What’s Next After E-Delivery of Policies and Notices?

Now that the electronic delivery of insurance policies and notices about them has been clearly authorized by the Georgia General Assembly (click here for an earlier post on this subject), the next step for agents who want to continue to work toward a truly paper free office and realize the savings in time and money that result is the use of electronic signatures for documents that, in the past, had to be physically signed by the insured (e.g., an application for or waiver of coverage).  As with the electronic delivery of policies and other documents, there are both legal and practical issues associated with using electronic signatures on documents.  ACORD has published an analysis by a well known law firm of these issues, which was the subject of an article by Jeff Yates of the Agents Council on Technology.

For those of you who have followed my blog posts and articles in the Dec Page magazine on the electronic delivery of insurance policies and other documents, the legal requirements for the use of electronic signatures will be familiar.  They are essentially the same as for the electronic delivery of such documents.  The consent of the customer to the use of electronic signatures must be obtained and that consent is subject to the same disclosure requirements in consumer transactions as for the electronic delivery of documents.  However, the burden of proving the electronic signature of a customer involves much more than proving the electronic delivery of a document.

While it may be enough under Georgia law to prove that a document was delivered electronically by obtaining a receipt of delivery from the recipient’s internet service provider, proving the validity of an electronic signature requires much more.  You must be able to prove not only that an electronic signature was obtained, but also the identity of the person who gave that signature and that the document to which it relates has not been changed since the date of the signature.  The analysis published by ACORD contains guidelines for developing procedures to accomplish these requirements.

There are several technology providers who offer products that they claim will fulfill all the legal requirements.  One of those providers is DocuSign, which has been endorsed by the IIABA and offers a discount to IIABA members.  Another is Silanis, which has recently published a marketing brochure that explains how its product addresses the legal requirements discussed in the ACORD analysis.  That brochure provides a good summation of those requirements and is worth reading for that reason alone.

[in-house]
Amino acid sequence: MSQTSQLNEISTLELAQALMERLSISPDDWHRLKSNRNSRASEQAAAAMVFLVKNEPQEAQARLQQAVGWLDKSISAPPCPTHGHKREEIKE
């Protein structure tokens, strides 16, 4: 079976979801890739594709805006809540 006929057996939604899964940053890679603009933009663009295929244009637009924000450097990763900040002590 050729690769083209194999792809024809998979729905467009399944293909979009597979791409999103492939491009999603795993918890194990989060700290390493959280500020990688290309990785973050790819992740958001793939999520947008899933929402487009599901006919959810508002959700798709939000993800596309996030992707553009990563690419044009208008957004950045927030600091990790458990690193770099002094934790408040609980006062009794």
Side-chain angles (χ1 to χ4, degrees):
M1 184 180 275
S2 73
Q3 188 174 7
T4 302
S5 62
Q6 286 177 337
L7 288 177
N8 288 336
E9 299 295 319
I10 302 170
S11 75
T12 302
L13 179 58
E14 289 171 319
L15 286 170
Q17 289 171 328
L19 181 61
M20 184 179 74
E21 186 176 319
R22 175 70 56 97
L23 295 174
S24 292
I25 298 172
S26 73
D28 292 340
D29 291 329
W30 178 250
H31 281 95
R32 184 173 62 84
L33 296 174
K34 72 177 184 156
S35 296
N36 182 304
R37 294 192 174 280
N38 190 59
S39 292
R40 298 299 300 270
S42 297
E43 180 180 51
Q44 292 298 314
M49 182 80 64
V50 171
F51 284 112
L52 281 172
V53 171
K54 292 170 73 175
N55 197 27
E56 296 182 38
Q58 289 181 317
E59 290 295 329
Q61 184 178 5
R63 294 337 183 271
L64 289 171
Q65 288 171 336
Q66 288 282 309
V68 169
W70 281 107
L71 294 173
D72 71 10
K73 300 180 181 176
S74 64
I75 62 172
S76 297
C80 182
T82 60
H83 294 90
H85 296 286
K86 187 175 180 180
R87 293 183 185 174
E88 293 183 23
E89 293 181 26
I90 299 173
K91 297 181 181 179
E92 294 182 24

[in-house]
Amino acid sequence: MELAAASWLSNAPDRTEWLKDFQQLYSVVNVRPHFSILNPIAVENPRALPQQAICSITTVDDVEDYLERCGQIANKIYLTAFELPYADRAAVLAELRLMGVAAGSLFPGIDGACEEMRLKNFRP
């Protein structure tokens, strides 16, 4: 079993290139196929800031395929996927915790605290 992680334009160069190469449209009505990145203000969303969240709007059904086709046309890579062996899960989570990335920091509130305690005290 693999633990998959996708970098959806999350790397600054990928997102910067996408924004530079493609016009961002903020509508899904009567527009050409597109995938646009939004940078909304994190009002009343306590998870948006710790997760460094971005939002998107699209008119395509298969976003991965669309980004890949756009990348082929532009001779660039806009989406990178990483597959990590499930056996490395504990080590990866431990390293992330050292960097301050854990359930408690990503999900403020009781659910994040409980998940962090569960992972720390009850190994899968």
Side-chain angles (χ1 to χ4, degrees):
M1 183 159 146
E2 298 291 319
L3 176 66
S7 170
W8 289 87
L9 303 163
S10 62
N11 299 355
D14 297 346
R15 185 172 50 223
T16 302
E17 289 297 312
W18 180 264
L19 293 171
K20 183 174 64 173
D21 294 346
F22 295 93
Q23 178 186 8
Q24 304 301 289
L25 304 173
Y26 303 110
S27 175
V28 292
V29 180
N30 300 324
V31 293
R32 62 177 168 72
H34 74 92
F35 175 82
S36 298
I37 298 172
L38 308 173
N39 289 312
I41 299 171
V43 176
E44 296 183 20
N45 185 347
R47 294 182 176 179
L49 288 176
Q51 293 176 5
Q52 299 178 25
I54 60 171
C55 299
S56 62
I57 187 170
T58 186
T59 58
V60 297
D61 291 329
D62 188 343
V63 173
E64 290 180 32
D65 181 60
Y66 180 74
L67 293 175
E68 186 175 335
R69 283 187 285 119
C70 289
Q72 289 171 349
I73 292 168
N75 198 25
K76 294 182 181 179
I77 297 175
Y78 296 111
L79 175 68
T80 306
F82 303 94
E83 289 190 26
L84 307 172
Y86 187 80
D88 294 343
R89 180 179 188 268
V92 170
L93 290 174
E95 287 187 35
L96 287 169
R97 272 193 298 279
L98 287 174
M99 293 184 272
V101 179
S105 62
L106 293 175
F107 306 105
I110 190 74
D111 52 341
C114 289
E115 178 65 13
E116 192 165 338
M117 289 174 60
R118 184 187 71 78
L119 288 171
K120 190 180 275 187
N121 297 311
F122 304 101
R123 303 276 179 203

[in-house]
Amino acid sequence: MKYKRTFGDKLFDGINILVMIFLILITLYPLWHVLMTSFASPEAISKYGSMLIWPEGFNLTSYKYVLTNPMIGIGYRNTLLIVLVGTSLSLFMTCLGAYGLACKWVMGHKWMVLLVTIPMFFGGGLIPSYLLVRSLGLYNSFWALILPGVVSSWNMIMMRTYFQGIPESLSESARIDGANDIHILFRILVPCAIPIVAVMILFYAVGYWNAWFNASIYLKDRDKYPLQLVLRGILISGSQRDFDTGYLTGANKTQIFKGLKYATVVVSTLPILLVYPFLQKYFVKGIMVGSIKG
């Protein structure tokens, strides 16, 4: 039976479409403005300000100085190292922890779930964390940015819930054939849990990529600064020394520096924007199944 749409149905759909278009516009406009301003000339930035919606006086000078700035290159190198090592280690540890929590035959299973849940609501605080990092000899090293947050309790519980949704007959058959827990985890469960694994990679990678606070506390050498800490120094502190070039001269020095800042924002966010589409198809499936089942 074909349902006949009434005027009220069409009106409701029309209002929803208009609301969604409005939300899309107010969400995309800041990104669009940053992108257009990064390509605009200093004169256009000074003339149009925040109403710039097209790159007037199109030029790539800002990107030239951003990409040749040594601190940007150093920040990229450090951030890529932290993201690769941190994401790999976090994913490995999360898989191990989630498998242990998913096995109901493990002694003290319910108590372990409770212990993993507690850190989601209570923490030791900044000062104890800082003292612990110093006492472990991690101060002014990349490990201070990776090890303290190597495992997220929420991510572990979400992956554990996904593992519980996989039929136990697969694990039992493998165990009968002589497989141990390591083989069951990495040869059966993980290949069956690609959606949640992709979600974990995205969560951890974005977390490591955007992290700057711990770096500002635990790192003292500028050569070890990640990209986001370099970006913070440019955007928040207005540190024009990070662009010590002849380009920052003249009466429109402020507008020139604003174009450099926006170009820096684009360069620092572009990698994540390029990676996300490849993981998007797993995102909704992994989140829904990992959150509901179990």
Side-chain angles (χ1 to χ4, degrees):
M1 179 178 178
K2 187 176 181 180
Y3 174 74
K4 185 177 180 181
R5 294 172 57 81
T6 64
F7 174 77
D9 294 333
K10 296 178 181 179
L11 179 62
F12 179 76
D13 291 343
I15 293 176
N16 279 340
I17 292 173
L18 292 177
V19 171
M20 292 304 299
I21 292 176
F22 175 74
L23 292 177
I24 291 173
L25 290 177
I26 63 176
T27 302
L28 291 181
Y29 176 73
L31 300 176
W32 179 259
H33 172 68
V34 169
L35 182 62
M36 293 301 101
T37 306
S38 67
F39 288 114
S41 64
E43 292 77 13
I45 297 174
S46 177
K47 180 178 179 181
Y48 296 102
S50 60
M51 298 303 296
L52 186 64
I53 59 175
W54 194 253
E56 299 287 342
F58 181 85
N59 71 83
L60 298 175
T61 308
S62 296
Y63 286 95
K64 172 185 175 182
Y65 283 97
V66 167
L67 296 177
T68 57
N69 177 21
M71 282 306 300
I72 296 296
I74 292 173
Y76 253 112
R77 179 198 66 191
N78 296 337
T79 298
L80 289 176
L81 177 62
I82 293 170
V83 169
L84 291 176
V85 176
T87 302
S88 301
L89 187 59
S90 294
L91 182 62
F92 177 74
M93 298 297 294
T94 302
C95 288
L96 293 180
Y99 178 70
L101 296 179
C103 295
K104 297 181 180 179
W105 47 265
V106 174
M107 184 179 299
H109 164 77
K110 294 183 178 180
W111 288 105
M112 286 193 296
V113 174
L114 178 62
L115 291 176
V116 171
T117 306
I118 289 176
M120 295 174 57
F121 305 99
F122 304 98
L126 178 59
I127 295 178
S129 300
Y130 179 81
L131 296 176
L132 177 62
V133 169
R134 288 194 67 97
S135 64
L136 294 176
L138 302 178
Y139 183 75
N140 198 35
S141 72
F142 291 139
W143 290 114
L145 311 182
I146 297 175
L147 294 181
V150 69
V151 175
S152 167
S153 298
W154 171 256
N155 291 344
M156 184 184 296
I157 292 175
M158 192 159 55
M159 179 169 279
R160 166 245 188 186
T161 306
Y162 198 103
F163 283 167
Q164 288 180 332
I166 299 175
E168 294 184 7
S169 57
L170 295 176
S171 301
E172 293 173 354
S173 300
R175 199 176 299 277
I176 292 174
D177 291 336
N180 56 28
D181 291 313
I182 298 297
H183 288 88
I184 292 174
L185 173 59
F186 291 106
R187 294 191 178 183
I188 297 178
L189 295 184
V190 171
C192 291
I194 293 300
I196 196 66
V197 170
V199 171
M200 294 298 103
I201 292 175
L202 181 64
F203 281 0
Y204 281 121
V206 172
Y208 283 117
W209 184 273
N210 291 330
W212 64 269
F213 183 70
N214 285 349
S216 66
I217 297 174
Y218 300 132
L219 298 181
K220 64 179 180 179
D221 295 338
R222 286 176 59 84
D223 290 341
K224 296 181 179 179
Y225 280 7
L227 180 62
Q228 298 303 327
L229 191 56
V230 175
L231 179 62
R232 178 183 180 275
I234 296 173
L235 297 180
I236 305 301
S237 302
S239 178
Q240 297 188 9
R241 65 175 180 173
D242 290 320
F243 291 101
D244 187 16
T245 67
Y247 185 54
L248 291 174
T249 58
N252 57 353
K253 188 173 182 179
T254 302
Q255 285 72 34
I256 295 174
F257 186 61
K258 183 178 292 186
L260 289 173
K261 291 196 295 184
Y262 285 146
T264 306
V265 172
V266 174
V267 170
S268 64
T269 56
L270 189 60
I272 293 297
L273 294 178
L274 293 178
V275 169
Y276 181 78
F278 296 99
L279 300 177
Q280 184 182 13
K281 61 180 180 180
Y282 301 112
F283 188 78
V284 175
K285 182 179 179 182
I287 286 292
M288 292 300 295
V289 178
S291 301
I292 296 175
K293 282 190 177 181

If any of my readers have begun using electronic signatures in their agencies, I would appreciate hearing about your experience.

Should the Insurer be Sent a Copy of an Insurance Certificate?

A recent edition of IA News & Views asked this question.  My first thought was why bother, since under Georgia law an insurance certificate is “not a policy of insurance and does not affirmatively or negatively amend, extend, or alter the coverage afforded by the policy to which the certificate of insurance makes reference” and does “not confer to a certificate holder new or additional rights beyond what the referenced policy of insurance expressly provides.”  However, a review of the materials on the IIABA website page that is devoted to issues involving insurance certificates convinced me otherwise.

It turns out that the language of some insurance policies may be interpreted to provide coverage based on the contents of an insurance certificate issued by an agent regarding the policy.  If that is the case, then the failure of the agent to give a copy of the insurance certificate to the insurance company could be a basis for the insurance company to escape responsibility for providing coverage, leaving the agent with that liability exposure.  To make sure an agent or agency does not fall into any such traps for the unwary, I agree with the conclusion expressed on IIABA’s website page that copies of all insurance certificates issued should be sent to the insurance company involved regardless of what that company has said about the subject, unless the company is willing to indemnify and hold harmless an agent or agency for any claims that may arise based on the issuance of an insurance certificate.